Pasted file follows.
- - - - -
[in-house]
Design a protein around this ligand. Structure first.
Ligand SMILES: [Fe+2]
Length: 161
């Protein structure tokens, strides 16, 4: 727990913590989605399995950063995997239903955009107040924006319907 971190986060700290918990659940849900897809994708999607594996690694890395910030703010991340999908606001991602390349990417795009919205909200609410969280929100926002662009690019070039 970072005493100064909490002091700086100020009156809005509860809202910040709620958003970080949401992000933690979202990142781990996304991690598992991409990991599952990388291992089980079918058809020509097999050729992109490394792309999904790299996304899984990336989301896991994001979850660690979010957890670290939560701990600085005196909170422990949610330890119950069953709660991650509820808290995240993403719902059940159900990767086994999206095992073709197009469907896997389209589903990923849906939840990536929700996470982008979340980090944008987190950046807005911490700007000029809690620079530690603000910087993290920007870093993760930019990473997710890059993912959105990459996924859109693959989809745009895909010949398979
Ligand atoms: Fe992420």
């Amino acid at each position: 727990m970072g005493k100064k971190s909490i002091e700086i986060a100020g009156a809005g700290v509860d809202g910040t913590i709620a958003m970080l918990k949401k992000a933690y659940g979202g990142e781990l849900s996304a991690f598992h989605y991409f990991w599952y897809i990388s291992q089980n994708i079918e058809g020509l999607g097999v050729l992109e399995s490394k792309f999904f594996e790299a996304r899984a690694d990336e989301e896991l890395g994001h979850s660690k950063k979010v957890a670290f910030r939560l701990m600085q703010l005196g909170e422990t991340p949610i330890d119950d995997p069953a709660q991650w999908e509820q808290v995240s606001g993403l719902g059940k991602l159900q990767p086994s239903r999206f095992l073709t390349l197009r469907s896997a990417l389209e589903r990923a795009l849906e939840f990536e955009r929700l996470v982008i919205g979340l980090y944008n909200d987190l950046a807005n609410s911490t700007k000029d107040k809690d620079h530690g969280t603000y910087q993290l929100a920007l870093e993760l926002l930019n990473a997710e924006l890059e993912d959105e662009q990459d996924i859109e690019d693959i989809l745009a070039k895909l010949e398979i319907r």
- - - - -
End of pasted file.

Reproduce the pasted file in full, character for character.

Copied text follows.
[in-house]
Design a protein around this ligand. Structure first.
Ligand SMILES: [Fe+2]
Length: 161
């Protein structure tokens, strides 16, 4: 727990913590989605399995950063995997239903955009107040924006319907 971190986060700290918990659940849900897809994708999607594996690694890395910030703010991340999908606001991602390349990417795009919205909200609410969280929100926002662009690019070039 970072005493100064909490002091700086100020009156809005509860809202910040709620958003970080949401992000933690979202990142781990996304991690598992991409990991599952990388291992089980079918058809020509097999050729992109490394792309999904790299996304899984990336989301896991994001979850660690979010957890670290939560701990600085005196909170422990949610330890119950069953709660991650509820808290995240993403719902059940159900990767086994999206095992073709197009469907896997389209589903990923849906939840990536929700996470982008979340980090944008987190950046807005911490700007000029809690620079530690603000910087993290920007870093993760930019990473997710890059993912959105990459996924859109693959989809745009895909010949398979
Ligand atoms: Fe992420």
């Amino acid at each position: 727990m970072g005493k100064k971190s909490i002091e700086i986060a100020g009156a809005g700290v509860d809202g910040t913590i709620a958003m970080l918990k949401k992000a933690y659940g979202g990142e781990l849900s996304a991690f598992h989605y991409f990991w599952y897809i990388s291992q089980n994708i079918e058809g020509l999607g097999v050729l992109e399995s490394k792309f999904f594996e790299a996304r899984a690694d990336e989301e896991l890395g994001h979850s660690k950063k979010v957890a670290f910030r939560l701990m600085q703010l005196g909170e422990t991340p949610i330890d119950d995997p069953a709660q991650w999908e509820q808290v995240s606001g993403l719902g059940k991602l159900q990767p086994s239903r999206f095992l073709t390349l197009r469907s896997a990417l389209e589903r990923a795009l849906e939840f990536e955009r929700l996470v982008i919205g979340l980090y944008n909200d987190l950046a807005n609410s911490t700007k000029d107040k809690d620079h530690g969280t603000y910087q993290l929100a920007l870093e993760l926002l930019n990473a997710e924006l890059e993912d959105e662009q990459d996924i859109e690019d693959i989809l745009a070039k895909l010949e398979i319907r």